REVIEW: CMS Dazzles with Uplifting Brandenburg Concertos
DECEMBER 17, 2018
BY BRIAN TAYLOR
J. S. Bach's Brandenburg Concertos may be old, but they never get old. New York's Chamber Music Society of Lincoln Center's annual December tradition is one of the city's top tickets, and this year, I was fortunate to partake of this invigorating traversal of Bach's instrumental masterpieces.
Bach sent this set of six concertos to the Margrave of Brandenburg-Schwedt, Christian Ludwig, in 1721, writing to him:
"...Your Highness took some pleasure in the little talents which Heaven has given me for Music, and as in taking Leave of Your Royal Highness, Your Highness deigned to honour me with the command to send Your Highness some pieces of my Composition..."
He went on,
"...begging Your Highness most humbly not to judge their imperfection with the rigor of that discriminating and sensitive taste, which everyone knows Him to have for musical works, but rather to take into benign Consideration the profound respect and the most humble obedience which I thus attempt to show Him."
Little talents, indeed. Yet these pieces were not immediately celebrated, instead relegated to the bottom of a drawer until rediscovered in the middle of the nineteenth century. Thankfully, they are now perennial classics, providing indelible entertainment to a clamoring audience at Alice Tully Hall.
The musicians assembled by CMS were in spectacular form Sunday evening, each of the Brandenburg concertos calling for a different line up of instruments, but one constant is harpsichordist Paolo Bordignon. In the Fifth Concerto in D Major, which begins with the violin and flute dominating, but then evolves into a showpiece for the harpsichord, Bordignon hypnotized the room with velvety smooth legato in the first movement cadenza's spinning circles of thirty-second notes.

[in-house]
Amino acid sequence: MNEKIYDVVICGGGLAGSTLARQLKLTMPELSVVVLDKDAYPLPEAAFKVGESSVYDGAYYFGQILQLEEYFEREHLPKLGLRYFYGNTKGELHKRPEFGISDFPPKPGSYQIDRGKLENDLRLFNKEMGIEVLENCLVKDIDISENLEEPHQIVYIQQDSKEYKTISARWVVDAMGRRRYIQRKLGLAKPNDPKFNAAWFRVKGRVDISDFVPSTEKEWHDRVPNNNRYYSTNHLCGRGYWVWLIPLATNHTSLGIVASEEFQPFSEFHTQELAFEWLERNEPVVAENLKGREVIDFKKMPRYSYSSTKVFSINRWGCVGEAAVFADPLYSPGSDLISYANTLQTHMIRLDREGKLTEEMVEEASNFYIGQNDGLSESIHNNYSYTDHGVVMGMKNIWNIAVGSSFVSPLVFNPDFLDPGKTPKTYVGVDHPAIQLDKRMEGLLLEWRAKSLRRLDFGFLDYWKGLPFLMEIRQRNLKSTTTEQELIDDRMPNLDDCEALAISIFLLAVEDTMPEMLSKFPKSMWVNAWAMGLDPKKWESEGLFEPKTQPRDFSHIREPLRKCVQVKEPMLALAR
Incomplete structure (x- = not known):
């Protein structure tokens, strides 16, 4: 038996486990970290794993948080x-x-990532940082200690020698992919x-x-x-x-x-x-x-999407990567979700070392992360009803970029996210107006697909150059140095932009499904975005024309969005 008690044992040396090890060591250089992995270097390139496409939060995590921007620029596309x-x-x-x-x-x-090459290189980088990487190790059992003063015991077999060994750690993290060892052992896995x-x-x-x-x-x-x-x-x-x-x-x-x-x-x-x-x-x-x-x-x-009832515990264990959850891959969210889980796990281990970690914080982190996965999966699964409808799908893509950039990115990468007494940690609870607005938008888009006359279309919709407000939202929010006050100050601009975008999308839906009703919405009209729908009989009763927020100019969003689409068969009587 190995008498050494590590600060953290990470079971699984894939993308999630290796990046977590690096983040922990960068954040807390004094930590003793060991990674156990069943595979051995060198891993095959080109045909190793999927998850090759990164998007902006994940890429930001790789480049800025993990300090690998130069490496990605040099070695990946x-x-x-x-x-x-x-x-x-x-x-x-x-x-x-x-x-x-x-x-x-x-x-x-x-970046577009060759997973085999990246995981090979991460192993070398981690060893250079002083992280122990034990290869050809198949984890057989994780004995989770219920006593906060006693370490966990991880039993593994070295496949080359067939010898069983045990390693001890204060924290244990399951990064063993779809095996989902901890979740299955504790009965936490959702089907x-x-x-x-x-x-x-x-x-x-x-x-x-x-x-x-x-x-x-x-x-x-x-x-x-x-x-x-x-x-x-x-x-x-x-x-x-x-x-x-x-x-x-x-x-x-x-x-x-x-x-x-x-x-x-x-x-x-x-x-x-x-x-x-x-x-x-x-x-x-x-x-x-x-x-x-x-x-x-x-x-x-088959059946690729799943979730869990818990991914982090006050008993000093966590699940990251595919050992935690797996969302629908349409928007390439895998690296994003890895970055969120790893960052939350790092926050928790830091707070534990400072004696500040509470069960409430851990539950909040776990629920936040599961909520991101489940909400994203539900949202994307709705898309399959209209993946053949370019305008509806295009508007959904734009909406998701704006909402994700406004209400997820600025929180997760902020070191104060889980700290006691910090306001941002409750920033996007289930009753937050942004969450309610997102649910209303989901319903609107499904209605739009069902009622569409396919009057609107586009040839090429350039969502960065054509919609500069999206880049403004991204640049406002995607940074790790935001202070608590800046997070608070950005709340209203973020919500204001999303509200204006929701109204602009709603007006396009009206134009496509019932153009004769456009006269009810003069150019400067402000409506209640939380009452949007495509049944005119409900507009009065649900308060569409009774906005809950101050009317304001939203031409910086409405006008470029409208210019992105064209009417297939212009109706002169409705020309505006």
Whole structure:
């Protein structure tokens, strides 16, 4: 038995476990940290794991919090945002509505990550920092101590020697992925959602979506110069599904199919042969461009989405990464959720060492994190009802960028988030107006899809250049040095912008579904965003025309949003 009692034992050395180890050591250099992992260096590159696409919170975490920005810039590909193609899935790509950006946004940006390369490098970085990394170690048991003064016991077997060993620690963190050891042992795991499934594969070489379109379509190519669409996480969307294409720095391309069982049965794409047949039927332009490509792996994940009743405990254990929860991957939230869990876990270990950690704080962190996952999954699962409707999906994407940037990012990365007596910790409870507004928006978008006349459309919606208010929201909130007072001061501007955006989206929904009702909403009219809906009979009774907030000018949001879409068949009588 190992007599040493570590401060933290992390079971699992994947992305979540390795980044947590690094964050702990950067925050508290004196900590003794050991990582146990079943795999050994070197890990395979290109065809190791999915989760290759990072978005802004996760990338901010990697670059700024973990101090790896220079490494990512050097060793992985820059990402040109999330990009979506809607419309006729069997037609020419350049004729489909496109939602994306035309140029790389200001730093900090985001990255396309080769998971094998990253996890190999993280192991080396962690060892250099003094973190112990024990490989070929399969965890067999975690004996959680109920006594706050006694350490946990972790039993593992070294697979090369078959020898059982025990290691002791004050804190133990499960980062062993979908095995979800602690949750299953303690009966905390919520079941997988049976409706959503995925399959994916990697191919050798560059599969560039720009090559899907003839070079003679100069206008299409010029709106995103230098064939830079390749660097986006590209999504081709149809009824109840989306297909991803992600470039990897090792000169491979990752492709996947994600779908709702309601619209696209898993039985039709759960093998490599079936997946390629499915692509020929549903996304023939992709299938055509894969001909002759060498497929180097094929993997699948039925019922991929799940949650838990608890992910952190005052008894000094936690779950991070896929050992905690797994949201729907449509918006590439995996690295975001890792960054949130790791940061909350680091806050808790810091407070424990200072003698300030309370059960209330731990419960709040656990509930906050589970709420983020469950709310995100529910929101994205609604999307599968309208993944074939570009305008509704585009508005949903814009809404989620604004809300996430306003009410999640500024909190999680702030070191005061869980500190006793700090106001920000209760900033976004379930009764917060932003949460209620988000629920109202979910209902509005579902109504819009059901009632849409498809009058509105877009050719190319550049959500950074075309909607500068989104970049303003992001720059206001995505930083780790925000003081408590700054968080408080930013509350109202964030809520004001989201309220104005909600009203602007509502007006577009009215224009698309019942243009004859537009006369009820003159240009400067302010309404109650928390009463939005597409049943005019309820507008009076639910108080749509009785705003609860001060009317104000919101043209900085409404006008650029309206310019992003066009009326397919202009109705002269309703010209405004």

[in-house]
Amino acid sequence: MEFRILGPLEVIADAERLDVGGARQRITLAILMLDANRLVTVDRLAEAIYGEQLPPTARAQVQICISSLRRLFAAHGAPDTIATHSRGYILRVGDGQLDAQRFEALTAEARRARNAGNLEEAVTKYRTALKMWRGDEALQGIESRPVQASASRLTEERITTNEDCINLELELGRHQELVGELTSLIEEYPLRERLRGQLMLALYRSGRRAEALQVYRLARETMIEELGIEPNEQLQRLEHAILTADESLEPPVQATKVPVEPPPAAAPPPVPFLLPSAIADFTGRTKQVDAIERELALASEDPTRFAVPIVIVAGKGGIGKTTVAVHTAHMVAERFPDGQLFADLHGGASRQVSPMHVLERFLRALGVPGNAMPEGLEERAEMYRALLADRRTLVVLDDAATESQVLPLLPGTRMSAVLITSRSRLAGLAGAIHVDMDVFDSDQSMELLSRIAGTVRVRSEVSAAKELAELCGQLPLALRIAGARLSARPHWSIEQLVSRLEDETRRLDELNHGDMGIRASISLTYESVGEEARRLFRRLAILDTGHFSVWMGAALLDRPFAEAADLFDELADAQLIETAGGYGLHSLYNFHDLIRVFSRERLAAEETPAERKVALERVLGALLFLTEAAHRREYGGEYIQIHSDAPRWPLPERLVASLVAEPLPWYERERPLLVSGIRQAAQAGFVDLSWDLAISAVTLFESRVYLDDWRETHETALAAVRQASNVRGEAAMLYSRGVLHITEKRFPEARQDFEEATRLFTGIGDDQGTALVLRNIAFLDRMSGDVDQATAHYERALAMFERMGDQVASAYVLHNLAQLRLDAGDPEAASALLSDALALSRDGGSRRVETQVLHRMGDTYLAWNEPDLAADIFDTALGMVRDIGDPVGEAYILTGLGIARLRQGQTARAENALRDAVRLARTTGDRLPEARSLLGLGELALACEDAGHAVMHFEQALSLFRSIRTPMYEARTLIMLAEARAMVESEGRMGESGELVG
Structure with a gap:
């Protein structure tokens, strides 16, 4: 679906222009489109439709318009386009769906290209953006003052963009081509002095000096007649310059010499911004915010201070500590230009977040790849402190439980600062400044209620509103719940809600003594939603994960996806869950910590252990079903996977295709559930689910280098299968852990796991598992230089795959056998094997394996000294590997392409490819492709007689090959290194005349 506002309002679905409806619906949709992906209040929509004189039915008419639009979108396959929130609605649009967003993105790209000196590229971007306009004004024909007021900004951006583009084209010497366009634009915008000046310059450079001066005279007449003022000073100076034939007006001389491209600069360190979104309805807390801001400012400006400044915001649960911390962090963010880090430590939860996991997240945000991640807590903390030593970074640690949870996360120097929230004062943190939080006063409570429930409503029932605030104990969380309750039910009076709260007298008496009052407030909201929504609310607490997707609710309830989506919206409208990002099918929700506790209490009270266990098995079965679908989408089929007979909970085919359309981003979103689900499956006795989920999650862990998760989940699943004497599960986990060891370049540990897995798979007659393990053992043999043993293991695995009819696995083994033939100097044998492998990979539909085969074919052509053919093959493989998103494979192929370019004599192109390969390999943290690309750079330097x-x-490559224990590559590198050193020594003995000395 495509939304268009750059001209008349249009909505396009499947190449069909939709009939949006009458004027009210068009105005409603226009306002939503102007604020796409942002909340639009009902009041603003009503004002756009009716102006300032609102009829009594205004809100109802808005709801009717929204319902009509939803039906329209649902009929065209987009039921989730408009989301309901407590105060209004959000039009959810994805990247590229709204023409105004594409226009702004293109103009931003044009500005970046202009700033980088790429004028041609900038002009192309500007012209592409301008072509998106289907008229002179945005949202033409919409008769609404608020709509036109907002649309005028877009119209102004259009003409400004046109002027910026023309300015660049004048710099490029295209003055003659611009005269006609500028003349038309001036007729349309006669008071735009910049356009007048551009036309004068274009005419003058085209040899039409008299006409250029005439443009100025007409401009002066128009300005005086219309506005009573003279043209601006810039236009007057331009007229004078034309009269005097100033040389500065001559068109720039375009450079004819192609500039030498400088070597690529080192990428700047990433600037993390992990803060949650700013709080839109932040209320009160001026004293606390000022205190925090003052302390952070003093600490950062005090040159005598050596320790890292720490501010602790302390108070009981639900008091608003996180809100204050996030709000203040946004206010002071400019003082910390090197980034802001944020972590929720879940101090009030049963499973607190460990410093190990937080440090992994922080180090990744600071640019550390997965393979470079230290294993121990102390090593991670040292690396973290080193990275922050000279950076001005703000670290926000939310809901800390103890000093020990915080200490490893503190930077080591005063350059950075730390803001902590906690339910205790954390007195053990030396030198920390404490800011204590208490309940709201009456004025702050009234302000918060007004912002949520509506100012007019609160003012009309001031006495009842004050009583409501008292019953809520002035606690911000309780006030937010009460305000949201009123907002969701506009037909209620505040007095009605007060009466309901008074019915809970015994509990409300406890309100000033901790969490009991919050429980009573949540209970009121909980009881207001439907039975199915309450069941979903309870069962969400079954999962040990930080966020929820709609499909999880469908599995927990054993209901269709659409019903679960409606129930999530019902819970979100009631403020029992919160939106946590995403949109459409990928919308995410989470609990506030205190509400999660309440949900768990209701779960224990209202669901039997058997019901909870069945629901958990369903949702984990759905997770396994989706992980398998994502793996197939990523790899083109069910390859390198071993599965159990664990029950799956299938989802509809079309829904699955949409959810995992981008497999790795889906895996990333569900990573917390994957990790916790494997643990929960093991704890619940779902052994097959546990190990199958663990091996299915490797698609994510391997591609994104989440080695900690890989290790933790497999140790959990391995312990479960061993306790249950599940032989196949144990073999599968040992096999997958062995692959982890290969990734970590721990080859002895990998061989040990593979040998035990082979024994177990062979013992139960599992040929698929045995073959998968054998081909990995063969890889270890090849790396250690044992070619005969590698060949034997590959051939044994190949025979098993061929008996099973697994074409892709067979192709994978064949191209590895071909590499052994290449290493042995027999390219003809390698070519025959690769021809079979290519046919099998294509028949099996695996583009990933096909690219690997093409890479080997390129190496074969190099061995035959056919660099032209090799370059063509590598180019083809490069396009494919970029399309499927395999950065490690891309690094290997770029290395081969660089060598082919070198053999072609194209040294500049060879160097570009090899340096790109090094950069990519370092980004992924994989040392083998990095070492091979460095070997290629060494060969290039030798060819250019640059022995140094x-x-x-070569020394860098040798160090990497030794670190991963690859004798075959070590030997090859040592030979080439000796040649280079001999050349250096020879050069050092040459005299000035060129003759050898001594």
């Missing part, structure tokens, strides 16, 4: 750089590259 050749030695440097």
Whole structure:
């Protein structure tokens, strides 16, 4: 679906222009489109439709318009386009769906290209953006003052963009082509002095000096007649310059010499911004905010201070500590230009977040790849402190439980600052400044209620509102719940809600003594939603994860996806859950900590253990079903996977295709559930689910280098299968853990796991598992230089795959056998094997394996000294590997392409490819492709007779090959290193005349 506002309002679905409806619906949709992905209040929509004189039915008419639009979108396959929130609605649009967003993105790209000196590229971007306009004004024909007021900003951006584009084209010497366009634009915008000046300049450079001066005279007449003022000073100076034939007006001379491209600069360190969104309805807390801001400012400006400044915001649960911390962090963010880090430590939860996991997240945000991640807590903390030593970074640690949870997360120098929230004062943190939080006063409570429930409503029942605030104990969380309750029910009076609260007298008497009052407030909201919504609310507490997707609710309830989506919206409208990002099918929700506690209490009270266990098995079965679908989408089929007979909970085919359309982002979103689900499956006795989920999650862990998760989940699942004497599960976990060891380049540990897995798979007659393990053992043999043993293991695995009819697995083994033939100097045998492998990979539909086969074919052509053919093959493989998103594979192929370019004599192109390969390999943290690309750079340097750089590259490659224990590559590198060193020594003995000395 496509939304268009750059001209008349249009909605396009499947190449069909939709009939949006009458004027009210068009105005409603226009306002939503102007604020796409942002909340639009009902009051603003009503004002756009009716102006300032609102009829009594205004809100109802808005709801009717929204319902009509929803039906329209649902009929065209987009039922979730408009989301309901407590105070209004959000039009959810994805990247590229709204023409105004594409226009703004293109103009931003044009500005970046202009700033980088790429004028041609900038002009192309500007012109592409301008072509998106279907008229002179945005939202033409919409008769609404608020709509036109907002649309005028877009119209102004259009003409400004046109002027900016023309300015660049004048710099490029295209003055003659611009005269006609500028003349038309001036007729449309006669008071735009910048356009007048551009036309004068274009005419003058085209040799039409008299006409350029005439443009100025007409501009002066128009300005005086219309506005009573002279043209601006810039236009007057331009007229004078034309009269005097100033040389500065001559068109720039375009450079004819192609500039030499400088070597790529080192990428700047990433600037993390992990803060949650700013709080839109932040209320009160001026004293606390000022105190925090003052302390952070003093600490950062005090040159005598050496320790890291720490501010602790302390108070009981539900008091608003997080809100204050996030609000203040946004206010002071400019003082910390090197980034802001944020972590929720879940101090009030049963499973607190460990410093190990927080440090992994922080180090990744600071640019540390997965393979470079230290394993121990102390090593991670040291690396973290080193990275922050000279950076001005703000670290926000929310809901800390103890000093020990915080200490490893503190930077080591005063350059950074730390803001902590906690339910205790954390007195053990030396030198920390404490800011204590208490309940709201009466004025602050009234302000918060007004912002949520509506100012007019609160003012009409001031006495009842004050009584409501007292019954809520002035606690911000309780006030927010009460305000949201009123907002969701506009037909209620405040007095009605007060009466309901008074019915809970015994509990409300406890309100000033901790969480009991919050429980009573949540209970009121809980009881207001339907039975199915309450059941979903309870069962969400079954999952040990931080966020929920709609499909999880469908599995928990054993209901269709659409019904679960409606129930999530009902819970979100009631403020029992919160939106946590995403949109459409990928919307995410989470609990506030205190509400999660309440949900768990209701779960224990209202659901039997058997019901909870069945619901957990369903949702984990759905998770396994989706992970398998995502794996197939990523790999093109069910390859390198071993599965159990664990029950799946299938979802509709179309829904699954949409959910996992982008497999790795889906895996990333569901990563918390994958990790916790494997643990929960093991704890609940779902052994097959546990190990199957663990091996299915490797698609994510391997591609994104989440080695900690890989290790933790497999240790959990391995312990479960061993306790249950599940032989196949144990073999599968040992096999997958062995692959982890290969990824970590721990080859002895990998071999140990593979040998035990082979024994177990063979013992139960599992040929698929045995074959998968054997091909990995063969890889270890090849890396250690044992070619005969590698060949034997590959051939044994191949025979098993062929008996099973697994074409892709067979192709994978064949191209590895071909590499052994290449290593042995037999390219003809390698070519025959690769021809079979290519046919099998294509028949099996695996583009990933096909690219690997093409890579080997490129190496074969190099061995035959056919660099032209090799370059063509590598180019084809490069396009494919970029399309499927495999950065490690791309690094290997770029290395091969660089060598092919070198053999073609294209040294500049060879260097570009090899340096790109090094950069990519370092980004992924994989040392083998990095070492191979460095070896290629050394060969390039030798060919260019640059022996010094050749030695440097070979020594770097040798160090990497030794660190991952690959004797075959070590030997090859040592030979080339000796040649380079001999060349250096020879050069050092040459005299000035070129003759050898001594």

The Sixth Concerto in B-flat, featuring two violas played by Paul Neubauer and Matthew Lipman in close dialogue, was given a sprightly performance. The pulsing, tender second movement was especially touching, and the third movement bursted with triumph. David Washburn, dazzled in the high-wire act that is the astonishingly high trumpet feature in the Second Concerto in F Major that closed the program's first half.
Two horns, Stewart Rose and David Byrd-Marrow, added warmth and heft to the First Concerto in F Major, the largest in terms of instrumentation, and the only one consisting of four movements. The Fourth Concerto in G Major features a dazzling violin solo played brilliantly by Yura Lee, in a show-stealing display of virtuosity. The rip-roaring tempo kept the audience on the edge of their seats.
The evening concluded with the Third Concerto, also in G major, a concerto grosso for strings and continuo only. Violinist Ani Kavafian brought something special to her cadenza over the single bar Adagio, before the concert's rousing gigue of a finale.
In her welcoming introductory remarks, CMS co-artistic director Wu Han hailed the Brandenburg Concertos as "uplifting" and "the best of Western civilization." Bach wrote a lot of great music in his lifetime, but there is a notable synthesis of egalitarian musical democracy and rhetorical expression in these works. We can only hope that Western civilization proves to be as enduring.
Chamber Music Society of Lincoln Center
Tuesday, December 18, 2018, 7:30PM
Alice Tully Hall
And, for fun, P.D.Q. Bach’s Bach Portrait: